The definitive high school musical, Randal Kleiser's beloved teen romance remains a lively, free-wheeling and unashamedly brainless treat. Danny (John Travolta) and Aussie transfer student Sandy (Olivia Newton-John) struggle to recreate the magic of their Summer Nights together in the cliquey setting of high school, and deal with their raging hormones mainly by doing a whole lot of singing and dancing. This really is a case of the songs justifying the narrative rather than the other way around - half the dialogue exchanges aren't even pretending to be anything other than stop-gaps between catchy numbers, but when the numbers are performed with this level of energy and enthusiasm it's hard to hold that against anybody.
South Park: Bigger Longer & Uncut (1999)
South Park had been rattling cages for a few years, but it was the release of this spin-off movie musical that really took it to the next level. Art pre-empts life as Kyle, Kenny, Cartman and Stan sneak into a swear-filled movie, pick up a whole new vocabulary, irk the heck out of their parents and set in motion of a chain of events by which Satan seeks his return to Earth. With show tunes. Trey Parker and Matt Stone had shown off their musical chops in past projects, and what makes South Park: Bigger Longer & Uncut such a winner is how good these musical numbers are. Silly, satirical, and most of all stupidly catchy, we bet even the MPAA couldn't help but whistle along to the likes of 'What Would Brian Boitano Do?' and showstopping medley 'La Resistance'.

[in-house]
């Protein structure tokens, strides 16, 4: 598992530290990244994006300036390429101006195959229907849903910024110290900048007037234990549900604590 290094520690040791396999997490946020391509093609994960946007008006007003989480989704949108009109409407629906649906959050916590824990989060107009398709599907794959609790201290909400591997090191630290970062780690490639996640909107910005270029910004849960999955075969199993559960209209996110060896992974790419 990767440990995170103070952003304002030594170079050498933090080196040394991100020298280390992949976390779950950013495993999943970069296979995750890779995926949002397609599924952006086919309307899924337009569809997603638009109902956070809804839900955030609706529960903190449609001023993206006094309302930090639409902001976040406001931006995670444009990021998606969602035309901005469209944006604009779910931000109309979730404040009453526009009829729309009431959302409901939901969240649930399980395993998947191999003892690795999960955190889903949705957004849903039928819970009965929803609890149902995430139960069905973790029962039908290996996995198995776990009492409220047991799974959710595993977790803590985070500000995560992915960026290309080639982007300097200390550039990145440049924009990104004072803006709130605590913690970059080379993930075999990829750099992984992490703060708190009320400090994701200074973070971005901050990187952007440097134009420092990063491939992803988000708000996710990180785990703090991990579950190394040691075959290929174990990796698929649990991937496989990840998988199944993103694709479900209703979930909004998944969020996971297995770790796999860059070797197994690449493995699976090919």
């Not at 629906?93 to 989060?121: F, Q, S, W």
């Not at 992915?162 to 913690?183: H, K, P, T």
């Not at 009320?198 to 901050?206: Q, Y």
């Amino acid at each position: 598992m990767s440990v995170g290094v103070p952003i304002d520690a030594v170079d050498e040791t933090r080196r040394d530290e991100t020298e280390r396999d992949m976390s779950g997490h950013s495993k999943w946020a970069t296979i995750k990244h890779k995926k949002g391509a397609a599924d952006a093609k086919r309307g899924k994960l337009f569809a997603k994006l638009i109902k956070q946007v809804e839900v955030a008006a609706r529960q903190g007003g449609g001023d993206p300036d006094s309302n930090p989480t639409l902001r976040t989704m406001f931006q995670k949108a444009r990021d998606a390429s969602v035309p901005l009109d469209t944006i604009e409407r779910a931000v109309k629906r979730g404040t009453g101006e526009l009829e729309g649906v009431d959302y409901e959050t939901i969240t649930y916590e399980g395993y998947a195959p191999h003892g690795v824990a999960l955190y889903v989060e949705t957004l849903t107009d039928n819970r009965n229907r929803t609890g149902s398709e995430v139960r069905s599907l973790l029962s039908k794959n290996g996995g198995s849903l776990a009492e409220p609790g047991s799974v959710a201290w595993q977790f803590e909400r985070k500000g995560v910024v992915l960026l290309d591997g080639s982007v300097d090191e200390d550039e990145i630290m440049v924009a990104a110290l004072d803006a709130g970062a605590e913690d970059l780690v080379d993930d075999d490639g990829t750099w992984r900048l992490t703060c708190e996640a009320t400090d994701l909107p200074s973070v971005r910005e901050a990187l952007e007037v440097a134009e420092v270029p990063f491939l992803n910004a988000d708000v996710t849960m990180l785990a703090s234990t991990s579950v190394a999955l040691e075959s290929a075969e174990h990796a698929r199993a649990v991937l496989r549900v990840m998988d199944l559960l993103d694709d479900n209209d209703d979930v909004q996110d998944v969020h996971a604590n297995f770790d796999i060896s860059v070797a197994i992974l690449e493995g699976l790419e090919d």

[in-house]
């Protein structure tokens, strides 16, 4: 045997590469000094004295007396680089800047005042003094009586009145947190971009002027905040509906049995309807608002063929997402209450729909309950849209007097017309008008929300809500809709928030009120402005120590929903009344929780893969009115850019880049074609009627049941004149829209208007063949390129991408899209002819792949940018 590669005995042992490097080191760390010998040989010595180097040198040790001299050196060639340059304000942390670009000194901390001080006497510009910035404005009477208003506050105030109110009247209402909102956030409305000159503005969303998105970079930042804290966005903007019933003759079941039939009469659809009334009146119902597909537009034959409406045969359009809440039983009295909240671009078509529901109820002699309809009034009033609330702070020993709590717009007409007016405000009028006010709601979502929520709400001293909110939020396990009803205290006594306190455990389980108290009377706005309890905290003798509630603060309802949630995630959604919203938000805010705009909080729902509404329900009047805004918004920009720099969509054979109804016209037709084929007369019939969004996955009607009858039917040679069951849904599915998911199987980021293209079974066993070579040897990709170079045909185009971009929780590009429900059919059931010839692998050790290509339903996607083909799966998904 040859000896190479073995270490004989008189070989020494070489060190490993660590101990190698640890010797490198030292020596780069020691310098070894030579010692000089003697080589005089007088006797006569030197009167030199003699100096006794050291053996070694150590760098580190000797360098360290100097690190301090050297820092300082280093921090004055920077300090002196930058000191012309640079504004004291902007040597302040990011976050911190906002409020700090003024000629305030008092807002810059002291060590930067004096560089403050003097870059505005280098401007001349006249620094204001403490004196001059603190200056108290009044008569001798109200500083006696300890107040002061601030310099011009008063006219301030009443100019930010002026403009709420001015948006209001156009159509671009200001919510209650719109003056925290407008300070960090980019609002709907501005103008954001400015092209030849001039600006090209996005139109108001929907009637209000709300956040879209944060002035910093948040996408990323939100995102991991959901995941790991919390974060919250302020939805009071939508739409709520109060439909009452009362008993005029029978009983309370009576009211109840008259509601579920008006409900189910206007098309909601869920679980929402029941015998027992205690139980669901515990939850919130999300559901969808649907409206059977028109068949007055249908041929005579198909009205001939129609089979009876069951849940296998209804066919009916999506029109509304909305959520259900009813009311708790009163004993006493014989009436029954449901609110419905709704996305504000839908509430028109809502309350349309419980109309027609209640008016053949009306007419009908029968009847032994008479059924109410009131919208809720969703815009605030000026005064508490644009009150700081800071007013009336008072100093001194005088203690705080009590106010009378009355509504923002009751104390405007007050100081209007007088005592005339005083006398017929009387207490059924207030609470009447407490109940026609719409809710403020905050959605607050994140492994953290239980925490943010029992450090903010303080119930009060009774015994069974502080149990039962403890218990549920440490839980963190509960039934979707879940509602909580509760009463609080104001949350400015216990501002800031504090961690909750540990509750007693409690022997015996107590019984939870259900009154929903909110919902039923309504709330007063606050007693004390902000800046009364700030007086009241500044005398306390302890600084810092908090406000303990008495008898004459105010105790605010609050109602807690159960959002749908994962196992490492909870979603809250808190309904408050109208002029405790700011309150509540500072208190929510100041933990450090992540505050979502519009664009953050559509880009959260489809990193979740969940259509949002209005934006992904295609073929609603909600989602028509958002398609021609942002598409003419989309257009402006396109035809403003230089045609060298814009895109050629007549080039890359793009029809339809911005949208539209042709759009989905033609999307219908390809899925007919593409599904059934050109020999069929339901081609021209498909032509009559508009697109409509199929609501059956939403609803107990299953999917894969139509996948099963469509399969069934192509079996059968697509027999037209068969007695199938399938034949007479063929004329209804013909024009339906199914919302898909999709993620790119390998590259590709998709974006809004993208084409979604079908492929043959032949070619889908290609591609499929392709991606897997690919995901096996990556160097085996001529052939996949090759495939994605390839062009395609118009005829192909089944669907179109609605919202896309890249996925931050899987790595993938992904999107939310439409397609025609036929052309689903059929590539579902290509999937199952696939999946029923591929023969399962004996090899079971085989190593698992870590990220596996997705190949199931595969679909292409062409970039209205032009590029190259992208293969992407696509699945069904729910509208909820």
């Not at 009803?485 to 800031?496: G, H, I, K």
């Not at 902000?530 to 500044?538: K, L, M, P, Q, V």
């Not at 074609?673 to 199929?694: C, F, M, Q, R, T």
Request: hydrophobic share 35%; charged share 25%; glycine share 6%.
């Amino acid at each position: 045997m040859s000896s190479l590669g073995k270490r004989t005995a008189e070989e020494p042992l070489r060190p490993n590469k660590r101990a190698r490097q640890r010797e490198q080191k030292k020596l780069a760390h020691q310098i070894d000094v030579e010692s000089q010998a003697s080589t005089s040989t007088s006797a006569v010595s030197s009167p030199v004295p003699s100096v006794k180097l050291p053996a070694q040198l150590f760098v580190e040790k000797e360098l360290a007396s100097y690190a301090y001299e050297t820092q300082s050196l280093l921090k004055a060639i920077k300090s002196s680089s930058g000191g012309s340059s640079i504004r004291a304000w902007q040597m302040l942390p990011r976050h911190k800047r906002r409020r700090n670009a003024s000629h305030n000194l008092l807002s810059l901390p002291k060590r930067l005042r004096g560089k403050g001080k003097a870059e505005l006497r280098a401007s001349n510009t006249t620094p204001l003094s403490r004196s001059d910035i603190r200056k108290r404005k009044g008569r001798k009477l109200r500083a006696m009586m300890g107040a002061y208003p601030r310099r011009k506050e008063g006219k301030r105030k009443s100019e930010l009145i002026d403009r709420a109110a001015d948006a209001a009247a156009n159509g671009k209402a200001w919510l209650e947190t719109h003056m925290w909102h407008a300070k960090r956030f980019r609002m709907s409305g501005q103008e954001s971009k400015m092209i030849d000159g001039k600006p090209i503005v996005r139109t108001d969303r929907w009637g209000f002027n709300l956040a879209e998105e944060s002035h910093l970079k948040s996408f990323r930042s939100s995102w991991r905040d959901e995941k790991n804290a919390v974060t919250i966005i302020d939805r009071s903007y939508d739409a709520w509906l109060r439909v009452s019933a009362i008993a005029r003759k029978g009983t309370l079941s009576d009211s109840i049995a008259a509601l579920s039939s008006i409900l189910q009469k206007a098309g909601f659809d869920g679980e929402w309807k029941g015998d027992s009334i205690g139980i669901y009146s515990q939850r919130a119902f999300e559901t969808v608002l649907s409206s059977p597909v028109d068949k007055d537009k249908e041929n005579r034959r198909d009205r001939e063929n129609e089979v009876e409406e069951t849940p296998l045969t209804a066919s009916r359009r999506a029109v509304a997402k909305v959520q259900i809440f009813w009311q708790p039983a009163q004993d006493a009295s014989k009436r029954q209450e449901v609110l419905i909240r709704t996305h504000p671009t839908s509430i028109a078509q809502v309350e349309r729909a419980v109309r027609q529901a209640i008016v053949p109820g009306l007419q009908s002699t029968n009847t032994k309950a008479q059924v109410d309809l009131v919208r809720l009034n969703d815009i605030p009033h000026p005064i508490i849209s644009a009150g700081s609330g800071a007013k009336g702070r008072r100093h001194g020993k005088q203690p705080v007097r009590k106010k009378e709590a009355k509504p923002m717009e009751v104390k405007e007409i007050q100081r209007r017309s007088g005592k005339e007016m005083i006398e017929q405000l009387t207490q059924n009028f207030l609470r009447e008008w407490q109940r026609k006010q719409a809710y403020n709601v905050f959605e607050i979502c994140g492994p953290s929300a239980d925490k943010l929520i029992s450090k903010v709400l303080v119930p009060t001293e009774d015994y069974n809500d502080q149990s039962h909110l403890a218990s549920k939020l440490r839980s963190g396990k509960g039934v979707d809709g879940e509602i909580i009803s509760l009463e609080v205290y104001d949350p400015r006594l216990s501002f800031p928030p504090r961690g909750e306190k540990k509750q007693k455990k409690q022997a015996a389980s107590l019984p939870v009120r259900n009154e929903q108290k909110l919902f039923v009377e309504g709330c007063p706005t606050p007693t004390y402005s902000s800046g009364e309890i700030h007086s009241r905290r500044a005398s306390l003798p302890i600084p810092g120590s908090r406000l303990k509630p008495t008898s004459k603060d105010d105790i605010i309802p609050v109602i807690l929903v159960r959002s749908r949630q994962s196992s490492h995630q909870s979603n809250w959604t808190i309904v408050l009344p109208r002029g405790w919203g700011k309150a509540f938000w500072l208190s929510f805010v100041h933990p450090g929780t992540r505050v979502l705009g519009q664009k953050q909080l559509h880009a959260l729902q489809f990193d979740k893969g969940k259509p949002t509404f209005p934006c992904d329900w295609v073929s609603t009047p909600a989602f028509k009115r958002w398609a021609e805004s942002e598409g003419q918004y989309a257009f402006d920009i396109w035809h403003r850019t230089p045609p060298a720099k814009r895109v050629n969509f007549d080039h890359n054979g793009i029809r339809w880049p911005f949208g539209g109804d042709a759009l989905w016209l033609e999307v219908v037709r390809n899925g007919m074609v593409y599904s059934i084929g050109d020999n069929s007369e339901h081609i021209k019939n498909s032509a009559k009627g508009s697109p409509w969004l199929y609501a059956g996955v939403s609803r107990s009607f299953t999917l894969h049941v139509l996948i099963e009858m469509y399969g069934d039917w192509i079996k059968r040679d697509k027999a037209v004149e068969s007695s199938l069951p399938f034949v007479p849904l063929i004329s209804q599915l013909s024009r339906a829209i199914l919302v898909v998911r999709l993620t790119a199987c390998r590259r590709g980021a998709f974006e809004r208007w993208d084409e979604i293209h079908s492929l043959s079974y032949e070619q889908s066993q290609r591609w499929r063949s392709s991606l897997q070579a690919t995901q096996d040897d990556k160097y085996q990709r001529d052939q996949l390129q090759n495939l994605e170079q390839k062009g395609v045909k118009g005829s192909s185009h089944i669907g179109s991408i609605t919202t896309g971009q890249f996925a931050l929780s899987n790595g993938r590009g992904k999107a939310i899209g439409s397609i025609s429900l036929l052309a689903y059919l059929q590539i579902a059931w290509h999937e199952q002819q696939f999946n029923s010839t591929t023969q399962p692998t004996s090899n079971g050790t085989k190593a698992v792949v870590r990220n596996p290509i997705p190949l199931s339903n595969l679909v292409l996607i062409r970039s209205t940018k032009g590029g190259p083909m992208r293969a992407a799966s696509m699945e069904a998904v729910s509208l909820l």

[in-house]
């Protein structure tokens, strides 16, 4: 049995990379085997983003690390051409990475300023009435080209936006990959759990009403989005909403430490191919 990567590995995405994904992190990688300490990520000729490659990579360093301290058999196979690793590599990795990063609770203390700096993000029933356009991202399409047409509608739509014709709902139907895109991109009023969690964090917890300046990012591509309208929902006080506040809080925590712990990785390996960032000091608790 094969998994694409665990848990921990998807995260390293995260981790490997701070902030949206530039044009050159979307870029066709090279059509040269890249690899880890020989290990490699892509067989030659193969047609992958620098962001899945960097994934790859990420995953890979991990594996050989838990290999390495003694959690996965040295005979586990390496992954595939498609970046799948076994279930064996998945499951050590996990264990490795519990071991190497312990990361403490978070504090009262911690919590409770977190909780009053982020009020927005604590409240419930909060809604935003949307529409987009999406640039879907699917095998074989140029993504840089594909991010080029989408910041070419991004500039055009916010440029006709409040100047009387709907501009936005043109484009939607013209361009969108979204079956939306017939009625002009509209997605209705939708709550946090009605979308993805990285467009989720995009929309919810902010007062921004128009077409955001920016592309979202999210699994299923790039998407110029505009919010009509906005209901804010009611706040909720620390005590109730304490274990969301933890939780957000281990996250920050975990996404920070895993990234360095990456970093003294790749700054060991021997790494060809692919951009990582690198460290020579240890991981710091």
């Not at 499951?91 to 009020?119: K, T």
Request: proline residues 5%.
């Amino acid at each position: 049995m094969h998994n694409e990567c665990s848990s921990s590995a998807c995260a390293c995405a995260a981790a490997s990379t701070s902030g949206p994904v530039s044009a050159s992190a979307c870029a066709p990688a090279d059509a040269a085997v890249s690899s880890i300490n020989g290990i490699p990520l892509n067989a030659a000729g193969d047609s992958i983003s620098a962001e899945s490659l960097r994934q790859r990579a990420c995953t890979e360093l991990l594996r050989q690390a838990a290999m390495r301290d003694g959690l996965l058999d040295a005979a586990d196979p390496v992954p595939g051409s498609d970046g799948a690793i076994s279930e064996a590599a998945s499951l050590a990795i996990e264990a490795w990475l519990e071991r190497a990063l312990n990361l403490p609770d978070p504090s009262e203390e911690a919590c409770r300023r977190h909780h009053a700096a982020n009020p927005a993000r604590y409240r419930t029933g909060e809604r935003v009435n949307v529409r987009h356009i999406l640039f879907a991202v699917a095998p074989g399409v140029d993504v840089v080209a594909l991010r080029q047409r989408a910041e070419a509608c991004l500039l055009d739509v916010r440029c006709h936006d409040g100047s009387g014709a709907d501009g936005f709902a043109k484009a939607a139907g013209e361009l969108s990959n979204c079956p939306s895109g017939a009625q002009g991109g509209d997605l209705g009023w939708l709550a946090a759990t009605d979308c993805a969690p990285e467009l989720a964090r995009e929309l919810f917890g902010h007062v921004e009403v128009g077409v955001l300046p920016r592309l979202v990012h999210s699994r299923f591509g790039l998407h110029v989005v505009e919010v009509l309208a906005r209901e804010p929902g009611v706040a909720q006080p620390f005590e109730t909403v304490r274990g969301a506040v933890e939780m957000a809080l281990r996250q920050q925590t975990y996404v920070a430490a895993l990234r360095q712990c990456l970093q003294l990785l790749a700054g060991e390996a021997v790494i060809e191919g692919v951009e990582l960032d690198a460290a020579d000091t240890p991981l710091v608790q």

Moulin Rouge! (2001)
While director Baz Luhrmann's lurid, flamboyant style is about as close to Marmite as film visuals get, his handle on this passionate, unashamedly grand love story is faultless. Ewan McGregor has never, ever been more charming than as sensitive writer Christian - and given that Attack of the Clones came out the following year, he needed all the charm points he could get - who falls for doomed courtesan Satine (Nicole Kidman). While Moulin Rouge was an original script, it remains as close as anybody has ever come to recapturing the scope and majesty of a stage musical on screen, nowhere more so than in the dark power of 'El Tango de Roxanne'. Special mention must go both to Richard Roxburgh's impressive moustache, which actually seems to move independently of his face, and to the singular sequence in which he and Jim Broadbent enact their own version of 'Like A Virgin'. Memorable.
Who would've thought that drag and a frankly bizarre Baltimore accent would be all it took to give John Travolta his groove back? This may not be a comeback on the same level as 1995's Pulp Fiction, but Travolta's just one of many things that somehow work in Adam Shankman's chaotic, often messy but infectiously enthusiastic remake. We follow "pleasantly plump" teenager Tracy (Nikki Blonsky) as she pursues both stardom and equality in 1960s Baltimore. The young cast don't miss a beat, from newcomer Blonsky to Zac Efron to a pre-unfortunate headlines Amanda Bynes, and they're backed by Shankman's assured direction, some catchy pop-inflected tunes and game turns from Travolta and Christopher Walken.
Les Misérables opens in UK cinemas on January 11.